We spoke to Chris Davie, CPA Health & Medical’s Offshore Medic at Bayu-Undan in the Timor Sea, in order to understand our long-standing operations at this critical site. Chris works at one of two facilities in a shallow water operations (80m) deep, staffed by our Medical team.

Where is it located and how long have we been operating at this location?

The site is 500km from Darwin and 250km from Timor-Leste, in the Timor Sea. The first production of the field was in April 2004. CPAGHM commenced at this location in 2015 and have a 10 year plus relationship with the client. One member of our team has been here for 17 years I believe.

In short the field consists of:

  • An unmanned Well Head Platform
  • CUQ facility: Compression, Utilities & Quarters
  • DPP : Drilling, Production and Processing ( connected to the CUQ via bridge)
  • FSO (Floating storage and Offloading) facility. The FSO can store:
    • 820,000 bbl condensate
    • 300,000 bbl propane
    • 300,000 bbl butane

What is our role?

It is a bit of everything. We are responsible for local (air traffic control), all helicopter operations and helicopter admin (flight manifests, weather reports, accommodation bed plans and allocations). Its not uncommon to fill in also as the HLO (helicopter landing officer), from time to time.

Further responsibilities consist of assisting with all HSE activities (especially as there is not always an HSE member present), occupational hygiene, D&A testing, ERT and medic assist training, Hydration monitoring, Mercury and Benzene testing and additional staff training in stretchers, AED, CPR and first aid.

This is all in addition to primary care of up to 200 staff in the field. We all sleep well at night! The vessel facility rocks you to sleep – it is not unheard of to be thrown out of bed when the vessel is sitting high in the water and there is a building swell.

How many CPA Health & Medical staff work there?

There are 5 full time medical staff.

  • Dave Robb
  • Jeremy O’Connor
  • Sean Balkin
  • Suzanne Tully

Now that COVID disruptions have dissipated our roster consists of 3/4/3/5 week rotations. We fly to Darwin, then to Dili then helicopter to the platform / Vessel.

What qualifications are required?

Our team are experienced and a highly skilled mix of Nurse Practitioners and Intensive care flight paramedics with remote and all round experience. We are supported by Dr Wilkinson and his team. There is one staff member on the FSO and one on the CUQ at any one time. Scott has been to site but to date, I have never actually met him. We have had many talks over the phone.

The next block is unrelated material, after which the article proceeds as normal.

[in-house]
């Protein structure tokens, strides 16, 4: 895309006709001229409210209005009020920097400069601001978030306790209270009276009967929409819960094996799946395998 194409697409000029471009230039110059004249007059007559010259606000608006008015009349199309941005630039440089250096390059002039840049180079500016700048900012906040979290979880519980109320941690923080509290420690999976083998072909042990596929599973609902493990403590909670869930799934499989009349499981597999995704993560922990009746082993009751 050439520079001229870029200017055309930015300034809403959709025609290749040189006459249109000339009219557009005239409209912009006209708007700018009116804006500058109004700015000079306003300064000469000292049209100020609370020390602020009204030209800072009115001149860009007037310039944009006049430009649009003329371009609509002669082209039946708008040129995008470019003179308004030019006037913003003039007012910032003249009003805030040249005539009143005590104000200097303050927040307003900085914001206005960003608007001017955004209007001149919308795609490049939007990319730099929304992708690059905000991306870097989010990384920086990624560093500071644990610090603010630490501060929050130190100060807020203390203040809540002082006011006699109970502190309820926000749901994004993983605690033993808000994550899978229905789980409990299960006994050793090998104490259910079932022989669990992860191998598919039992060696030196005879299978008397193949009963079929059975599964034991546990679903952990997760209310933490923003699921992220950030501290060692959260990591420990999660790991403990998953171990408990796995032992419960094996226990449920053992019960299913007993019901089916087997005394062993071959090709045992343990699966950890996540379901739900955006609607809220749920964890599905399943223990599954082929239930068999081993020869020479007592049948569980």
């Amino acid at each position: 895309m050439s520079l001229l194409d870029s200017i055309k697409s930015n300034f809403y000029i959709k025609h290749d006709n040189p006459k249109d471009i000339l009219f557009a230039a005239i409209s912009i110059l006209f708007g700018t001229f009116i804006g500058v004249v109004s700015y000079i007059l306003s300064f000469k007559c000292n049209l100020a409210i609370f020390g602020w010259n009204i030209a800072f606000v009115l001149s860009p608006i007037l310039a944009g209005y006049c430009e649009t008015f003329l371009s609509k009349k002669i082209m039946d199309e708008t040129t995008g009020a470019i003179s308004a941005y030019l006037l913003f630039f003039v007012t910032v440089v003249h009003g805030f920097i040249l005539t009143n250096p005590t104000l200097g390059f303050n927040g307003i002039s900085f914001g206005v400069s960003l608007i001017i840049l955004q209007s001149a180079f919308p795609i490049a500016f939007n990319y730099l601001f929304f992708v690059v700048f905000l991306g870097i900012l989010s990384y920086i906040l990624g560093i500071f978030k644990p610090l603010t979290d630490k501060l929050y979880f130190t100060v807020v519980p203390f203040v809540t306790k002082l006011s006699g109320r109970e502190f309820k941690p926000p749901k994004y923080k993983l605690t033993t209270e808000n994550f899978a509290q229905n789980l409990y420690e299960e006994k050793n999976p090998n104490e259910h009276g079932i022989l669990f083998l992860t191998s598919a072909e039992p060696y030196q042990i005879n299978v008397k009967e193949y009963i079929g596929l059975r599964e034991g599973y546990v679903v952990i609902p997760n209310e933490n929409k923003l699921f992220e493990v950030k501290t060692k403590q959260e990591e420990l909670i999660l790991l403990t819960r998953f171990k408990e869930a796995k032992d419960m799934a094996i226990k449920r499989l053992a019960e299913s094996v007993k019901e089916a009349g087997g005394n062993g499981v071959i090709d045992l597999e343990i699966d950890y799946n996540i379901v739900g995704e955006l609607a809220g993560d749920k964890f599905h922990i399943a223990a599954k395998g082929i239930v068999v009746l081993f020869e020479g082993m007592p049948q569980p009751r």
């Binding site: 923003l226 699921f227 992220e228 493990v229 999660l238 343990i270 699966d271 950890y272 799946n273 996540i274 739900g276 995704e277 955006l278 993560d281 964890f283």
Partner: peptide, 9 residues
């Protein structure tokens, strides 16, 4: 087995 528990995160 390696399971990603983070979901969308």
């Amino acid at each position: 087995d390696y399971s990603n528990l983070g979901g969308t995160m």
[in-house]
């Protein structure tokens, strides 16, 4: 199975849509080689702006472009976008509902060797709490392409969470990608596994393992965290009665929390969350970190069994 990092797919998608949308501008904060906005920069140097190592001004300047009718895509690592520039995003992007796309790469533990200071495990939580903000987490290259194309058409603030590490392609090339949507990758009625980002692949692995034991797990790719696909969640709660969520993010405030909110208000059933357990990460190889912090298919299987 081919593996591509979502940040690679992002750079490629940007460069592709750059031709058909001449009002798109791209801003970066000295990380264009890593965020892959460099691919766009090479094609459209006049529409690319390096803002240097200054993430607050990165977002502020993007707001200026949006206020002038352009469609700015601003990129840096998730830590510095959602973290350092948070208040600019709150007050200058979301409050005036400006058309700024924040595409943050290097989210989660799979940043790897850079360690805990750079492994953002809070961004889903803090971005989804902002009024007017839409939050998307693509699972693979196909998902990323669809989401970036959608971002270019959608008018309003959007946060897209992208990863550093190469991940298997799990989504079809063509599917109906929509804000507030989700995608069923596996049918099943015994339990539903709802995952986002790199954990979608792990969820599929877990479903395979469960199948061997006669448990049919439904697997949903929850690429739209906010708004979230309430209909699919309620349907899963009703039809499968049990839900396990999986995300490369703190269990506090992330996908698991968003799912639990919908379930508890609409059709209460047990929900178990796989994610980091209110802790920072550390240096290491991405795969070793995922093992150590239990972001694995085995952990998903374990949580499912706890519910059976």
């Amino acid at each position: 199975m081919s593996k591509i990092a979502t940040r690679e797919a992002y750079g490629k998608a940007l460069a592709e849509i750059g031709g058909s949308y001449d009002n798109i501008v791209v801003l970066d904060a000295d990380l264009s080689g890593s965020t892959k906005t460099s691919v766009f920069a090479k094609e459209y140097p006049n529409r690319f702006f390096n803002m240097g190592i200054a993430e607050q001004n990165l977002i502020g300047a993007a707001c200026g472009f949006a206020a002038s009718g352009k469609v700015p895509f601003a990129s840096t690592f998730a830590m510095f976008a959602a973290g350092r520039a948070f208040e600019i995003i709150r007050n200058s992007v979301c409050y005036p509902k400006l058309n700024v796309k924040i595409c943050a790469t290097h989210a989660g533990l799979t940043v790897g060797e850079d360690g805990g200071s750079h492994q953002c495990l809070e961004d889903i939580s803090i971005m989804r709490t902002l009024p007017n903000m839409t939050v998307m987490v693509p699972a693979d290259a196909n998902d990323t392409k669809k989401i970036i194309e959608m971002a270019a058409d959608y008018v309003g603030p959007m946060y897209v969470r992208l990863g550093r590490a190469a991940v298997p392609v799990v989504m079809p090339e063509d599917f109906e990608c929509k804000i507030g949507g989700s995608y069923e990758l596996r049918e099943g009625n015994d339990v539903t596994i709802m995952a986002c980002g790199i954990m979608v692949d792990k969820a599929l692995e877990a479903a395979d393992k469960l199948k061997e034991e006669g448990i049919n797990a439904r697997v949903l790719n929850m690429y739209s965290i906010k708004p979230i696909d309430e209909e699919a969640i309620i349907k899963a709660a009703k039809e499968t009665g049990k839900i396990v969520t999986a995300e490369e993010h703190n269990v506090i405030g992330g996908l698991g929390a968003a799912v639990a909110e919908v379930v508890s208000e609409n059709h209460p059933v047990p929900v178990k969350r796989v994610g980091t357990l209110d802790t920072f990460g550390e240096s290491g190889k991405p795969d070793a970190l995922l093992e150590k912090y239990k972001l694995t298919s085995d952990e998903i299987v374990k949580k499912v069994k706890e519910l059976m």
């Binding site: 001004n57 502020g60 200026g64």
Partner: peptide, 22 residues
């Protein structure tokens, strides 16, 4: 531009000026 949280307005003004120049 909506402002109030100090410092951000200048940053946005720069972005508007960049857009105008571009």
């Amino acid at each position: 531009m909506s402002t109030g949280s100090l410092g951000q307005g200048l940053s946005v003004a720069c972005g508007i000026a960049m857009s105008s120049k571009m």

What are the challenges for our staff?

Our operational location would have to be the biggest. We are hours from support, it is a 2 hour helicopter flight / Medivac to Darwin, after the aircraft has arrived so it could be many hours before an evacuation can take place. We are working as sole operators, there is no time for complacency. From the minute we arrive we are operational and working 12 hours/day, 7 days a week and on call 24/7.

We need also be aware of the fact that half of the employees are Timor-Leste nationals so there are cultural and language differences. Also, illnesses and previous medical history may not always be considered when working with colleagues not all from a first world country. It is important to remember our staff are not all from Australia. Some of our team our presently assisting the Timorese nationals in English and Math TAFE education.

COVID was a real challenge with interstate and international travel. Myself travelling from Sydney I was required to complete 2 weeks isolation in the Howard Springs quarantine facility (Darwin), prior to commencing my offshore swing (generally 4 weeks offshore during this time). Then upon returning from Timor to Australia (the Northern Territory), we were required to spend a further 2 weeks in the Howard Springs facility. At the time, I was working 8-week rotations, with only a couple of weeks off. Being away from family was quite a challenge for us all.

What do you see as our major achievements in recent times?

Coping with COVID was a real strain, challenges of the roster plus doing PCR testing for 170-200 people – we were doing this every second day during the peak of COVID. We had to separate oncoming cohort/crews from off going and manage C19+ cases and close contacts offshore. It was not uncommon for us to be working 18-19 hour days. The client appreciated CPAGHM staff and the commitment we showed.

Maintaining this contract during the change of ownership of the operation is also something to be proud of for our team.

It is a team effort and we all contribute.

How do you see the future?

The field is planned for de-commissioning so we will be working with the client – our aim is to be as flexible as possible.

Our amazing team on this operation. What a team!!